CEA TUMOR MARKER

i posted a few months ago that my husband casey's dr said he is in remission, but his cea tumor marker was elivated and he would keep an eye on it. it has gone up again. i didnt know the numbers last month, but now i do. it was 180 in july and is 225 now. i did a search on the site and some people have 2 or 3 as their marker. is there more than one way to measure this thing? if not, then 225 means pretty active cancer i'm thinking. i am open for education.

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I thnk CEA is an aid rather than a definitive measure - please see this post:

http://cancergrace.org/forums/index.php?topic=8186.0

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Dear,
do not mind CEA value so much.
My wife had over 4,300 a couple of months ago and then dropped to less than 2,000 to regain something in the last month. During all this time she felt well and her main tumor shrank 53%. Once you have cancer, even if you are NED, your CEA will not be back to normal (<5) EVER.
Leave it alone and focus on the CT scan result only.
Cheers
Khun PET

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I disagree. My understanding is that a low CEA is not a guarantee of no cancer activity, but a rising CEA, especially at higher levels well above the normal range, is an indication that *something* is going on somewhere. Sounds like Dr. Weiss on Cancergrace might use it to scan sooner than planned. Maybe your husband's doc will, too.

Best wishes,
Kathy

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thanks, and i wish the dr's would come to some kind of an agreement on this. i am trying not to "go there" and worry, but it is hard.

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I dont think they can - seems like change in CEA is more inportant that absolute level (I am guessing you can have a small tumour that pumps out loads, or a large cancer that pumps out a little) so theres no rule of thumb. However, it seems that raising levels can be used as an indicator that further tests need bringing forward - rather than as a definitive good/bad.
(ie. a headache may mean you've been drinking too much - but not definitively)

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debbien

I've asked this question with a thoracic surgeon friend who told me that to his knowledge there are no suitable screening or follow-up markers that have been validated for lung cancer. Some of them have used CEA or LDH levels. If they are high before resection and drop afterwards, they might be useful. This is akin to CEA for colon cancer, but the data there are more convincing. Markers in lung cancer are not currently accepted as a standard and their routine use has been challenged in recent guidelines. He currently uses a battery of markers that may predict proliferation potential, the propensity for a tumor to form metastases, the response to platinum agents (ERCC1), response to EGFR receptor antagonists. He says the metagene analysis put forth by the folks at Duke is complicated, yet may someday have clinical utility. There was be a CALGB trial evaluating this. The siRNA technology may become useful clinically too.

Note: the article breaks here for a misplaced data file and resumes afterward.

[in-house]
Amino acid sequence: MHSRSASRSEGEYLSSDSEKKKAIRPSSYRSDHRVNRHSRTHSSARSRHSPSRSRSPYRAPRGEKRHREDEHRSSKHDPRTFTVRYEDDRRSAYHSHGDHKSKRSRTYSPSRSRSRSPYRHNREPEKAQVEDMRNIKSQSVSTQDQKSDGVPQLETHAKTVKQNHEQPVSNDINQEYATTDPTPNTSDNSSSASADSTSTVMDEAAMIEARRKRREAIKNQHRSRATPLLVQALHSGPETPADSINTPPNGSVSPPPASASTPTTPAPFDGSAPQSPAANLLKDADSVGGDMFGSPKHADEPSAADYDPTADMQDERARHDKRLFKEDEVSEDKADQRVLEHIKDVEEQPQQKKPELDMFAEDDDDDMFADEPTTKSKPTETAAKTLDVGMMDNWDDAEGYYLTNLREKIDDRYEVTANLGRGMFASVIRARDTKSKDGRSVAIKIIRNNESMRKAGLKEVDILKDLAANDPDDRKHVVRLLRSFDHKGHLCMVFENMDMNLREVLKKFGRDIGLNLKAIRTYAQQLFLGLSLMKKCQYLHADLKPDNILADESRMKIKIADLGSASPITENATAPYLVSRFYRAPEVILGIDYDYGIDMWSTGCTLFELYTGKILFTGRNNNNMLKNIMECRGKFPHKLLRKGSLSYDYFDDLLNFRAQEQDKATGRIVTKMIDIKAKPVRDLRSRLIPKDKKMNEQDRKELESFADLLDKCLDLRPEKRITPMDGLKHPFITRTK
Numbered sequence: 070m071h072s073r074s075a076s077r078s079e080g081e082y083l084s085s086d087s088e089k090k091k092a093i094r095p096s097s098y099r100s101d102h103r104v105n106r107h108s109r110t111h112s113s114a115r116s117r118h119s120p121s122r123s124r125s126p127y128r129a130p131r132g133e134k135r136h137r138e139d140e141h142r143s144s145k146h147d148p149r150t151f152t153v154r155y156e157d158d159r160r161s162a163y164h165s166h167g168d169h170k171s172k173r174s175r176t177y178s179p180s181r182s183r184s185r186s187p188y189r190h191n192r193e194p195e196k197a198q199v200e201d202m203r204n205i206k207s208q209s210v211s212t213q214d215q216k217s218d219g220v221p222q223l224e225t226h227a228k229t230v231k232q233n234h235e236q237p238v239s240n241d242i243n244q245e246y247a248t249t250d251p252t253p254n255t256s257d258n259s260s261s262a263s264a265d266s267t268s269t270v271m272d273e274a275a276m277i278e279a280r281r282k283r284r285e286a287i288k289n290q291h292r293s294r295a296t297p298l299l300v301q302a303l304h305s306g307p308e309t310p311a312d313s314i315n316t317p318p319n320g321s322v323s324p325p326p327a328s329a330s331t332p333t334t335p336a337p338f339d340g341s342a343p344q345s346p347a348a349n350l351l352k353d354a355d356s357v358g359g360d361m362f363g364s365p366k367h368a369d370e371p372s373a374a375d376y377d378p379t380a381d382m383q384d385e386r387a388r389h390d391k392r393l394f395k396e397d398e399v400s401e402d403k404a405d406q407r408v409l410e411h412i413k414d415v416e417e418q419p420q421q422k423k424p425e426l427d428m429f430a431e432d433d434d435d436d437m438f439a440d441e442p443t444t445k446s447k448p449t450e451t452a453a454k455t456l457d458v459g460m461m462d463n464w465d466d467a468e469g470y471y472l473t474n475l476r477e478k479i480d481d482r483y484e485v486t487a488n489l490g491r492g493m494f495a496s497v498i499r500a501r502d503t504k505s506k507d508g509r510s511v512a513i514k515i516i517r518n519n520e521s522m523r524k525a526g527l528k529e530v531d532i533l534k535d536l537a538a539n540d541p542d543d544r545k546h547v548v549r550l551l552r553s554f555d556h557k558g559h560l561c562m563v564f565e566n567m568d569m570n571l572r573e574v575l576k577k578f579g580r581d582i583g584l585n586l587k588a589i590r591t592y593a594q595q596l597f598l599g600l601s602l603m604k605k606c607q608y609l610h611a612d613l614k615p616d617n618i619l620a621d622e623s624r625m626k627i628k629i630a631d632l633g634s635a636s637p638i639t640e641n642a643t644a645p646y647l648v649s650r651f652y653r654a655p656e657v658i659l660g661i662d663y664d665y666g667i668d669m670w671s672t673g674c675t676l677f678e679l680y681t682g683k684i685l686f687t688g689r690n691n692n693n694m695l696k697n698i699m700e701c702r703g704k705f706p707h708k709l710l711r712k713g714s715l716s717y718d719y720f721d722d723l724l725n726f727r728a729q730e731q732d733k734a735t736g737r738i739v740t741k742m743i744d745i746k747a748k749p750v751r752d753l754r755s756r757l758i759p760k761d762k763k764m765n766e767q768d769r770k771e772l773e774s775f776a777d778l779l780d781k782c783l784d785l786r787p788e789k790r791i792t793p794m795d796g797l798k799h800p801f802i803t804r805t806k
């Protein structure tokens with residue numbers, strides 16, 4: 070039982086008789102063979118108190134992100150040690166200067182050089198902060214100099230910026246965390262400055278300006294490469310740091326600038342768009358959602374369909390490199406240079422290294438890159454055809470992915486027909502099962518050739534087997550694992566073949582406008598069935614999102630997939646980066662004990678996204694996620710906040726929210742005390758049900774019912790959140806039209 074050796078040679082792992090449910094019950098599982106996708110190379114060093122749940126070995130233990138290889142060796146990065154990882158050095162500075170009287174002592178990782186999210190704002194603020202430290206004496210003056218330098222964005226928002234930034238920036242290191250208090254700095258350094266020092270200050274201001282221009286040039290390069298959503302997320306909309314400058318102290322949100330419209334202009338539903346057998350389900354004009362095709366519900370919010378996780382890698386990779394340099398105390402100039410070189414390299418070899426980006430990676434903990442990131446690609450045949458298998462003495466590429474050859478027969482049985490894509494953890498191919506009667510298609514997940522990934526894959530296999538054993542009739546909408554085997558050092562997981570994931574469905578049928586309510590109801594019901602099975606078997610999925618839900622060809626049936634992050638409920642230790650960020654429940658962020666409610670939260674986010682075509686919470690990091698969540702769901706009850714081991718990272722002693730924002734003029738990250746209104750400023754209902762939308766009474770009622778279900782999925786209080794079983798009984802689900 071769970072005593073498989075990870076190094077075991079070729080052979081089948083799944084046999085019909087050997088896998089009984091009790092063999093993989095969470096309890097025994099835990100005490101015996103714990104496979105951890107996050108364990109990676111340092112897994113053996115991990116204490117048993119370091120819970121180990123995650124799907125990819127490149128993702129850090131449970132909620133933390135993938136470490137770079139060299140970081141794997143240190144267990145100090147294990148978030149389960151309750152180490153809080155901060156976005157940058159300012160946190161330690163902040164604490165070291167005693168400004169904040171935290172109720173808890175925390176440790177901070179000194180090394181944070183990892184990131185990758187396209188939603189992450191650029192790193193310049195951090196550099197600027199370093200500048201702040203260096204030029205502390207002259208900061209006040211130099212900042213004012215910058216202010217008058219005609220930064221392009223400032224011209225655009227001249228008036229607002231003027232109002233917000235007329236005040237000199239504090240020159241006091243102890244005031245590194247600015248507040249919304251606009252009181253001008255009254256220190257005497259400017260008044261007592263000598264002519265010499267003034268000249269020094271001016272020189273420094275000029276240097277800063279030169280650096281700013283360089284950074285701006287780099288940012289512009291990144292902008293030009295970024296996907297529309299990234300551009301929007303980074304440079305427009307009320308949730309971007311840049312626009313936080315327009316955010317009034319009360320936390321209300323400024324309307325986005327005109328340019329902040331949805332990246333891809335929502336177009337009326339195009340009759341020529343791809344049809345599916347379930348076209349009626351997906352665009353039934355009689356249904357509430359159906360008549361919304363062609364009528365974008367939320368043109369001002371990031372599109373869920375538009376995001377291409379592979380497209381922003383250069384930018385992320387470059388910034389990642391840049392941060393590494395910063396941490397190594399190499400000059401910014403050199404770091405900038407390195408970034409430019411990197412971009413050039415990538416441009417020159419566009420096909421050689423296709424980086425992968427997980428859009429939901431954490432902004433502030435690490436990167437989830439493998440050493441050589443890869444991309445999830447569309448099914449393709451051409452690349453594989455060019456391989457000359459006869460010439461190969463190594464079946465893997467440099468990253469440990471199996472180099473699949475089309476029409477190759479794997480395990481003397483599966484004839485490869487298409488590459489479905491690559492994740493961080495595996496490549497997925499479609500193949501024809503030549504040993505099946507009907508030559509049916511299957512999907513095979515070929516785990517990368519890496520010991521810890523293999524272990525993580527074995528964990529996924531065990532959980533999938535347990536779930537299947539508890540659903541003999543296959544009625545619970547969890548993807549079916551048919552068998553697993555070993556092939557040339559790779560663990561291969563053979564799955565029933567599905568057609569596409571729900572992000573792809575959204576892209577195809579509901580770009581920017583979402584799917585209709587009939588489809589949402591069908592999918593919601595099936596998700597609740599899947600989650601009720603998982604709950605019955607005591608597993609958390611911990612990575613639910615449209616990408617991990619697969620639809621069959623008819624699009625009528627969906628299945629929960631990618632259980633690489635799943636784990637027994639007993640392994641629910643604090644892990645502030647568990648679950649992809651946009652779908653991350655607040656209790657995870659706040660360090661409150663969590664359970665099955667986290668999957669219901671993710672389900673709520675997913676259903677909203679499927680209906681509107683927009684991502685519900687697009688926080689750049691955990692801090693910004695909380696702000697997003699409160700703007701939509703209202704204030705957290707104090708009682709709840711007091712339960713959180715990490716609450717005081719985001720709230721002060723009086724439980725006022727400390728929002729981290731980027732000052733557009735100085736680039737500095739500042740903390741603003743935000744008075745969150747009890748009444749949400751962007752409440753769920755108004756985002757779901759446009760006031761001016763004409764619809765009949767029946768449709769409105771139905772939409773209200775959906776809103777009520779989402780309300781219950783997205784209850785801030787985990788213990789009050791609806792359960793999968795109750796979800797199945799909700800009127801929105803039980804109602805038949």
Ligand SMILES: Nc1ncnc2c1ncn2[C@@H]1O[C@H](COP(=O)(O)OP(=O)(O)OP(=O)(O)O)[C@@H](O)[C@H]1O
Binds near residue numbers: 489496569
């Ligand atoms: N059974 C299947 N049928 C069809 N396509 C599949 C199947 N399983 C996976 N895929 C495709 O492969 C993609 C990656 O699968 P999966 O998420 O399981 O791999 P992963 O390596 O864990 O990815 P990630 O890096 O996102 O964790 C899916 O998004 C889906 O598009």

Greg

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Thanks to Greg for helping.In4/ )9 My CEA after rt lobectomy my CEA,dropped from 8 to 0.My ONC feels its a marker for me.It was 5 and I was NED at 6 months.At 1 year check up I was 113,then repeated and was 133,Now had a liver met.Since then except in November when it dropped 500 pts it has gone up .At 1st by 20's the more and more.In june maybe was 3500,Last one was 21,000 and some in September.I have more diffuse mets on CT,so it is consistent for me.Had to repeat liver biopsy for more tissue yesterday.Got enough.If Alk+ will be trying Crininzotrib,I hope,I was waiting to get my last CEA results to answer you.Don't panic, in other people,it has elevated due to inflammation,or infectionAndIB

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My CEA marker was 14.8 when I started chemo 3 treatments ago it was 7.2 last week I get my next treatment next week and then the Pet Scan on my lungs. My Dr thinks that the 7.2 is a good sign Ionly pray that he is correct.

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